The Conversation Guide to Business | The Economist



REED HASTINGS A builds the culture of Netflix around it. Ray Dalio made it a founding principle at Bridgewater, a successful investment fund. “Radical candor” is the idea that honesty is the best way to run a business: no one dances around the truth, and faster feedback improves performance.

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Most companies rely on a messier doctrine. People rarely say what they mean, but hope their meaning is clear nonetheless. Think of Britain, but with paychecks. To navigate this type of workplace, you need a phrasebook.

“I hear you”

Apparent meaning: you are making a legitimate argument
Real meaning: be quiet

“Let’s discuss it offline”

Apparent meaning: we shouldn’t waste other people’s precious time
Real meaning: let’s never talk about it again (see also: “Put a pin inside”)

“We should all learn to walk in other people’s shoes”

Apparent meaning: shared understanding leads to better results
Real meaning: I need you to know my job is hell

“I’m just curious…”

Apparent meaning: I’d like to know why you think …
Actual meaning: … because it doesn’t make sense to someone else

“It’s great to have started this conversation”

Apparent meaning: we have raised an important issue here
Real meaning: we made absolutely no progress

“I wanted to keep you posted”

Apparent meaning: I am informing you of something minor
Real meaning: I should have told you a few weeks ago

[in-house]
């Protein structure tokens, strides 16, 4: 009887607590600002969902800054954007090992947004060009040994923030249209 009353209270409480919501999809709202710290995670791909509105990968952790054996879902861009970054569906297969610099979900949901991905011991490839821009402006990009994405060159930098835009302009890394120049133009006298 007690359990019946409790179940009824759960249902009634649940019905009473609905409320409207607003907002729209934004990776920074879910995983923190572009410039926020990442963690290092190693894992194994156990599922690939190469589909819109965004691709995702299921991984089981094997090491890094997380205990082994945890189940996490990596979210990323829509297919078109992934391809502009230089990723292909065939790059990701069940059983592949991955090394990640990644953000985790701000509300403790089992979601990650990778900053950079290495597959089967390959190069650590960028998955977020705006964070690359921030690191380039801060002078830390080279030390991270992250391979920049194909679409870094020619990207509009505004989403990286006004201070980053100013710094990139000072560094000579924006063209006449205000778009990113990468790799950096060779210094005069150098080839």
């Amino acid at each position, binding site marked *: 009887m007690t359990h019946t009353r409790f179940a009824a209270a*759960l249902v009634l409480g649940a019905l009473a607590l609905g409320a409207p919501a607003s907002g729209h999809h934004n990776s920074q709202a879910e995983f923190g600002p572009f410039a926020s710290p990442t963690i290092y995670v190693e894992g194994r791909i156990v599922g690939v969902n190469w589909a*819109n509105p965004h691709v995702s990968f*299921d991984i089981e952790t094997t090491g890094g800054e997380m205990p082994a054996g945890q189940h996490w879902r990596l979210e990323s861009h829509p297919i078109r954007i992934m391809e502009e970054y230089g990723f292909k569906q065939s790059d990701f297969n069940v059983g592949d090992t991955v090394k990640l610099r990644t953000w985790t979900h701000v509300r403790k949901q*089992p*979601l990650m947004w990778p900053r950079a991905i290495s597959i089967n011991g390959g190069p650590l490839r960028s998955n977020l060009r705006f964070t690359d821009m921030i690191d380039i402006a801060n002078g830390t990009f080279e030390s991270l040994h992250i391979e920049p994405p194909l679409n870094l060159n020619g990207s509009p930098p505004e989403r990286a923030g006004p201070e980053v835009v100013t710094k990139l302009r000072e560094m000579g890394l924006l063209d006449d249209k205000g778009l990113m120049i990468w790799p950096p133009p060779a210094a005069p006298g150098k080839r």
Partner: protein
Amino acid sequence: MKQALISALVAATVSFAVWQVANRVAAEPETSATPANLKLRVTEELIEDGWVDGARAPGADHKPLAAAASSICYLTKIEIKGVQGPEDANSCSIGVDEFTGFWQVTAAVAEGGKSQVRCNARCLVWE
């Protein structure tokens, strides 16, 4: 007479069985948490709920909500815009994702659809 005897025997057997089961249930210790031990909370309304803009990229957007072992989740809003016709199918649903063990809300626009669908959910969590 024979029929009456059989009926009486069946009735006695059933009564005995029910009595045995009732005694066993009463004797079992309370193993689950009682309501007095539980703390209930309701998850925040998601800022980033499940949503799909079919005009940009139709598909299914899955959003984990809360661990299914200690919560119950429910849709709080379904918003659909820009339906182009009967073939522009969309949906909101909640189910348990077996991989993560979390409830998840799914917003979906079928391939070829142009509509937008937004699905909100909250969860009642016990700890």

“Do you have five minutes?” “

Apparent meaning: I have something trivial to say
Real meaning: you are in a difficult situation

“Let’s handle this asynchronously”

Apparent meaning: we will each work on this task at our own pace
Real meaning: I have to go to my Pilates class now

“It’s on the product roadmap”

Apparent meaning: it will be done soon
Real meaning: it won’t be done anytime soon

“We are moving to an agile framework”

Apparent meaning: we will work iteratively in response to user feedback
Real meaning: we literally plan to go around in circles

“It’s a legacy technology stack”

Apparent meaning: it’s a rat’s nest of ancient and incompatible systems
Real meaning: none of this is our fault

“We are a platform company”

Apparent meaning: we provide an ecosystem in which others can interact
Real meaning: suppose we are a tech company and see what happens with our assessment (see also: “as a service”, “network effects” and “flywheels”)

“We are planning the metaverse”

Apparent meaning: we are ready for a shared and immersive digital world
Real meaning: Ooh, look! A moving train! (see also: “Web3”)

“Bring your whole being to work”

Apparent meaning: be genuine and don’t be afraid to show your vulnerability
Real meaning: but not those pieces of yourself, obviously

In a radical franchise world, there would be less need to translate. Most managers and colleagues might indeed be better able to give unvarnished comments. Some words and expressions are so opaque that they absorb all the visible meaning.

But there is a lot to be said for coded communication. Work is where people learn to manage social interactions, not to define them outside of existence. Transparency does not necessarily cross borders well. And perpetual brutality is exhausted; humans are constantly refining and massaging the messages they send in order to avoid open conflict. Radical franchising is associated with businesses that pay very well. Perhaps this is because this approach leads to greater success. Maybe it’s because otherwise most people couldn’t stand it.

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This article first appeared in the Business section of the print edition under the title “The Conversation Guide to Business”



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